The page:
Thursday, March 30, 2017

Make America Great Again

There is a famous quote, falsely attributed to Alexis de Toqueville, that is, despite its lack of a sure source, true.
Not until I went into the churches of America and heard her pulpits flame with righteousness did I understand the secret of her genius and power. America is great because she is good, and if America ever ceases to be good, she will cease to be great.1
"That's quite a claim, Stan. How can you say that it's true?" Well, think about it. Is it not always true? Consider. In order for any government to be good, it requires that government to be good. That is, you might have a monarchy where the monarch is good and it will be good or a dictator where the dictator is good and you will have a benevolent dictatorship. If the governing body is good, the government will be good. Pretty simple. When you then substitute the "better" government of either a democracy or our republican-style government "of the people, by the people, and for the people", what has to be good in order for us to have a good government? The people. Simple. So in order for a republic to have a good government and, therefore, a good country, the people have to be good. And we're right back at that quote.

Here's the problem. While the standard default for most people is "People are basically good", the truth is that they are not ... and now we have a problem. (If you don't believe the Bible's version, simply look at the daily news version.) It is a problem the Founding Fathers understood. They understood that a self-governed people could only have a great nation as long as they were self-governed themselves -- as long as they were moral. The more unruly the people, the more government would be required to step in. Freedom would be diminished because a democracy of unruly, immoral people produces an unruly, immoral government. So when we see "big government" at work, you can be pretty sure it's not because government is evil, but because people are evil.

This last election cycle our now-president ran on a "Make America Great Again" slogan. In this idea, originally the Reagan slogan, is a misconception -- America can be great without being good. That is, "The answer is in a better government." Truth is no president, no Congress, no judiciary has the capability to "Make America Great Again". It is not within their power. And trusting in any form of government to provide that greatness is pure foolishness.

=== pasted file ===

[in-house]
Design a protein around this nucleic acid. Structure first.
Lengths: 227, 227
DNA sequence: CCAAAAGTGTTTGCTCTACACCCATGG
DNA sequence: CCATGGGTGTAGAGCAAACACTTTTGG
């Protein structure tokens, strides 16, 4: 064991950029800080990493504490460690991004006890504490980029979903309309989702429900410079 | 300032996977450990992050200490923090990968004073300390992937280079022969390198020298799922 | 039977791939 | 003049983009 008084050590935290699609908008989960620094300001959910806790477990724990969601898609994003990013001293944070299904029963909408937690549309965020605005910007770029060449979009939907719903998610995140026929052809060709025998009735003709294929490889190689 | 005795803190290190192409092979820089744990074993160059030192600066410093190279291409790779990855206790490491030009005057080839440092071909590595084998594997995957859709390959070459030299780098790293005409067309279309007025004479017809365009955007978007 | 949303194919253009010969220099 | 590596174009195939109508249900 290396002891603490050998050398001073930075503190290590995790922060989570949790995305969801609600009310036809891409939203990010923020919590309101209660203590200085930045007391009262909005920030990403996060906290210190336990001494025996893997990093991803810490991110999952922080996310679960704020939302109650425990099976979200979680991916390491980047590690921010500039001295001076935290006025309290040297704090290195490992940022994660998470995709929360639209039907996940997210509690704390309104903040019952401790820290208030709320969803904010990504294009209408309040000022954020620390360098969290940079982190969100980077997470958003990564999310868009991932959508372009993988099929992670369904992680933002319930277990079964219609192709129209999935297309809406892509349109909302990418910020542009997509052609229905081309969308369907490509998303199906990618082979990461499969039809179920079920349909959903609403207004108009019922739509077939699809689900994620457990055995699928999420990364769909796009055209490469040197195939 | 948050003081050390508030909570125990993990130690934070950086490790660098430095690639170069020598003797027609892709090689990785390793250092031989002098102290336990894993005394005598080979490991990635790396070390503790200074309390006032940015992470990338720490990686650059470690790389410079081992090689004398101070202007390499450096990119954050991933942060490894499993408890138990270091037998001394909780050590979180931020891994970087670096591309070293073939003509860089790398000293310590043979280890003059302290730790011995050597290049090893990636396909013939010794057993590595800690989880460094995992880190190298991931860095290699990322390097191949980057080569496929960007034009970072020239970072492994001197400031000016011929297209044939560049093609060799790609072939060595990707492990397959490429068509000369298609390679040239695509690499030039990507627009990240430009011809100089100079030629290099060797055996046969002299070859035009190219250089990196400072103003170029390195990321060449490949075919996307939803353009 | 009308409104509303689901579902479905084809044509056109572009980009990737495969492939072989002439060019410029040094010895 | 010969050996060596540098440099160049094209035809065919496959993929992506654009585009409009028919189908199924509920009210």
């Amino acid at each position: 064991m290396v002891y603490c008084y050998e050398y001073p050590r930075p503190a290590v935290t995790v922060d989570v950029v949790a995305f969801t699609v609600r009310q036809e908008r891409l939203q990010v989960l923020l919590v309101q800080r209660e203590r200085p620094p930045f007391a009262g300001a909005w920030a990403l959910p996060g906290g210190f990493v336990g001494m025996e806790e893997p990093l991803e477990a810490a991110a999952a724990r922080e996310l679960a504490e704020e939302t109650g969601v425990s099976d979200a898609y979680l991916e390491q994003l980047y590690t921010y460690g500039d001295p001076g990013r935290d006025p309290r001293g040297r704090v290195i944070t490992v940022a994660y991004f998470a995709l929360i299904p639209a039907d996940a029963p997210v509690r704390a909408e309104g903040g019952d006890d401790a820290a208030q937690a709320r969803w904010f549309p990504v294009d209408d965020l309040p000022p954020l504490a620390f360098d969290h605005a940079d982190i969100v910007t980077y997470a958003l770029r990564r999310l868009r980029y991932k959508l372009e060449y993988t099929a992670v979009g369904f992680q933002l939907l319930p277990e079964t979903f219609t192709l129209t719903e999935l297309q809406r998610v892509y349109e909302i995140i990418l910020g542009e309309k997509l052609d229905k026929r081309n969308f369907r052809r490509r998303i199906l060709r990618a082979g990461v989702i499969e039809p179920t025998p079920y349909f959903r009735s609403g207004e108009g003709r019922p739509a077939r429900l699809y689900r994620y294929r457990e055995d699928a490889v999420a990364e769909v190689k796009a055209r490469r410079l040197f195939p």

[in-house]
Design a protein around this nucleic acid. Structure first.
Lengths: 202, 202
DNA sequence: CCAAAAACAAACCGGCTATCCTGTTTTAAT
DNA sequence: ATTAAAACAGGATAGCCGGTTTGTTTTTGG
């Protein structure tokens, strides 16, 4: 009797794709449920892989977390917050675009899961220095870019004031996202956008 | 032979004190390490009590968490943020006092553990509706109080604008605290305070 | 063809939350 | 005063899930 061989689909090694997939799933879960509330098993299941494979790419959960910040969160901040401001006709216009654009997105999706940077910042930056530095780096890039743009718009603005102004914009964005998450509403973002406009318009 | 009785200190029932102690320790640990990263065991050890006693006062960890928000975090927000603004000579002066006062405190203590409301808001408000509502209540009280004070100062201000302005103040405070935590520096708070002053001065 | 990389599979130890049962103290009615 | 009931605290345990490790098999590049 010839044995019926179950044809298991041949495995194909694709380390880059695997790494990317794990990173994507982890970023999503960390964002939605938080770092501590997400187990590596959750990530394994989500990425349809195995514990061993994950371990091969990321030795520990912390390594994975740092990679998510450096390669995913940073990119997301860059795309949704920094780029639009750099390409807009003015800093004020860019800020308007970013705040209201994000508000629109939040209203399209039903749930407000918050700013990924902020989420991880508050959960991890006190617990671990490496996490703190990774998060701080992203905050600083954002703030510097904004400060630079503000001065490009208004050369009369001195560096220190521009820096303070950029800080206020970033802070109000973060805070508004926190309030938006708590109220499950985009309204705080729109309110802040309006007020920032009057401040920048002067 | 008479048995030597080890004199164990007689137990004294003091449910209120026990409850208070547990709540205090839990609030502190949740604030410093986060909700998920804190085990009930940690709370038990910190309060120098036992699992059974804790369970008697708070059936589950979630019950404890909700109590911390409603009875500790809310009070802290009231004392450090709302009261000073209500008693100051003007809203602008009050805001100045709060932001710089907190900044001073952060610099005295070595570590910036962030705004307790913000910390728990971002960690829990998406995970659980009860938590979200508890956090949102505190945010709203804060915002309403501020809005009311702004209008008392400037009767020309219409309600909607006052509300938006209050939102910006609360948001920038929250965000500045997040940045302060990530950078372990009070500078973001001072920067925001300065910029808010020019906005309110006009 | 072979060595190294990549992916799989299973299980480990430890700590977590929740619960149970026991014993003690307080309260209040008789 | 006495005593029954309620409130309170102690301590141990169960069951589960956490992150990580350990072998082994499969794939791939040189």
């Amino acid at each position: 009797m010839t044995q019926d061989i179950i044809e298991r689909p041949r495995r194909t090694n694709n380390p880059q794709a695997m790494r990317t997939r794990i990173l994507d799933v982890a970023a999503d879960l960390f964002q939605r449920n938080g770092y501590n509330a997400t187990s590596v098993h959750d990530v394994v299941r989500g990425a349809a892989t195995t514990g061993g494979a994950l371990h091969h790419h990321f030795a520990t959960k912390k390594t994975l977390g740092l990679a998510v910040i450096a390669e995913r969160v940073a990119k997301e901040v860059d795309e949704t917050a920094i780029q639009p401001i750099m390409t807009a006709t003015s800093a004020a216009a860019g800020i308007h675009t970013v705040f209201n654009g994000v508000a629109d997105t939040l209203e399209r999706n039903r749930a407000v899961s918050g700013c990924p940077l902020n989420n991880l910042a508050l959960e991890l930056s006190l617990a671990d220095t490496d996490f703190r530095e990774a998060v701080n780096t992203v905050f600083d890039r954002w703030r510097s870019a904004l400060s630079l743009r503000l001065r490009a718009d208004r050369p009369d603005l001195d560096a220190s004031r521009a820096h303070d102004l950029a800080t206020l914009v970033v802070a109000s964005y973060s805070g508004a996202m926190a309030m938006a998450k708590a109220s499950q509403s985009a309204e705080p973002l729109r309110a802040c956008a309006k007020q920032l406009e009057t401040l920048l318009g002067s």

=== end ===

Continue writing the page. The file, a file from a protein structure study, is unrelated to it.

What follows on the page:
This is when Scripture is handy to have around. Jesus said, "No one is good except God alone." (Mark 10:18) David wrote, "There is no one who does good, not even one." (Psa 14:3) Isaiah said that the best we can do is like filthy garments (Isa 64:6). From God's perspective, if America's greatness lies in having good people, "Make America Great Again" looks bleak. But there is another side -- good news, if you will. Paul's prayer was that he would "be found in Him, not having a righteousness of my own derived from the Law, but that which is through faith in Christ, the righteousness which comes from God on the basis of faith." (Phil 3:9) He wrote, "He made Him who knew no sin to be sin on our behalf, so that we might become the righteousness of God in Him." (2 Cor 5:21) That is, while humans by nature are not good, there is a righteousness available -- the righteousness found in Christ. If we want to "Make America Great Again", it is not going to happen by beating the Left into submission, hiring the right judges, or getting rid of or embracing (depending on you persuasion) President Trump's views. It is found in the Good News that we can be saved by grace through faith in Christ. It is not in better government; it is in better people. And, as it happens, we know the One who can make better people. So, in the Internet vernacular, SHARE.